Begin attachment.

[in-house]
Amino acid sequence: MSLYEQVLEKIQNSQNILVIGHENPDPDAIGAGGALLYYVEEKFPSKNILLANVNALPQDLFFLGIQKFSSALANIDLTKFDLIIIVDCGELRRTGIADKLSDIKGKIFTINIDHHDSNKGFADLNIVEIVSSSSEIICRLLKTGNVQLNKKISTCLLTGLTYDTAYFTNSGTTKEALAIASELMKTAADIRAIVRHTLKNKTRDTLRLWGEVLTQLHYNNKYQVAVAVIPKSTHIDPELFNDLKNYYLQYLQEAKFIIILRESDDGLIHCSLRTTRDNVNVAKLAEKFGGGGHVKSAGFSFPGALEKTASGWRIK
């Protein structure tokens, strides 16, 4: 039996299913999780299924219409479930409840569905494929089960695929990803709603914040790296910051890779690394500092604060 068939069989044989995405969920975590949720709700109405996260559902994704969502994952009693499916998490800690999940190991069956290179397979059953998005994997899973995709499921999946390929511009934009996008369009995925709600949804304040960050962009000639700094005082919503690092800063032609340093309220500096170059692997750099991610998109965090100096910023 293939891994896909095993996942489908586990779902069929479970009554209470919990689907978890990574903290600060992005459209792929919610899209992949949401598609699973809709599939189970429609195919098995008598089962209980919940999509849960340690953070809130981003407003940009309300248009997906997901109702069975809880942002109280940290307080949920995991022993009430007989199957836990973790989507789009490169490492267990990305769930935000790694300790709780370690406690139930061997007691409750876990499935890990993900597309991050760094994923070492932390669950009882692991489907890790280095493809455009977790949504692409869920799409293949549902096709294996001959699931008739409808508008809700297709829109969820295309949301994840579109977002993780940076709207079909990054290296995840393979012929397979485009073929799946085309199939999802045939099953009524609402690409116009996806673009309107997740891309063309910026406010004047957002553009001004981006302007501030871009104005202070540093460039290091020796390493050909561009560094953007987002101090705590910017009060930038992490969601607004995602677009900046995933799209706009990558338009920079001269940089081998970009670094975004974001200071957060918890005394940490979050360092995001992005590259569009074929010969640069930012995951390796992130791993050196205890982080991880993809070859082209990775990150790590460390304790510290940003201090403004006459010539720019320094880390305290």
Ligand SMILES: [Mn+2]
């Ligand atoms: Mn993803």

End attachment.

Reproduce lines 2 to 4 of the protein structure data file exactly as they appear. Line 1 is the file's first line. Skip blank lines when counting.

Amino acid sequence: MSLYEQVLEKIQNSQNILVIGHENPDPDAIGAGGALLYYVEEKFPSKNILLANVNALPQDLFFLGIQKFSSALANIDLTKFDLIIIVDCGELRRTGIADKLSDIKGKIFTINIDHHDSNKGFADLNIVEIVSSSSEIICRLLKTGNVQLNKKISTCLLTGLTYDTAYFTNSGTTKEALAIASELMKTAADIRAIVRHTLKNKTRDTLRLWGEVLTQLHYNNKYQVAVAVIPKSTHIDPELFNDLKNYYLQYLQEAKFIIILRESDDGLIHCSLRTTRDNVNVAKLAEKFGGGGHVKSAGFSFPGALEKTASGWRIK
């Protein structure tokens, strides 16, 4: 039996299913999780299924219409479930409840569905494929089960695929990803709603914040790296910051890779690394500092604060 068939069989044989995405969920975590949720709700109405996260559902994704969502994952009693499916998490800690999940190991069956290179397979059953998005994997899973995709499921999946390929511009934009996008369009995925709600949804304040960050962009000639700094005082919503690092800063032609340093309220500096170059692997750099991610998109965090100096910023 293939891994896909095993996942489908586990779902069929479970009554209470919990689907978890990574903290600060992005459209792929919610899209992949949401598609699973809709599939189970429609195919098995008598089962209980919940999509849960340690953070809130981003407003940009309300248009997906997901109702069975809880942002109280940290307080949920995991022993009430007989199957836990973790989507789009490169490492267990990305769930935000790694300790709780370690406690139930061997007691409750876990499935890990993900597309991050760094994923070492932390669950009882692991489907890790280095493809455009977790949504692409869920799409293949549902096709294996001959699931008739409808508008809700297709829109969820295309949301994840579109977002993780940076709207079909990054290296995840393979012929397979485009073929799946085309199939999802045939099953009524609402690409116009996806673009309107997740891309063309910026406010004047957002553009001004981006302007501030871009104005202070540093460039290091020796390493050909561009560094953007987002101090705590910017009060930038992490969601607004995602677009900046995933799209706009990558338009920079001269940089081998970009670094975004974001200071957060918890005394940490979050360092995001992005590259569009074929010969640069930012995951390796992130791993050196205890982080991880993809070859082209990775990150790590460390304790510290940003201090403004006459010539720019320094880390305290």
Ligand SMILES: [Mn+2]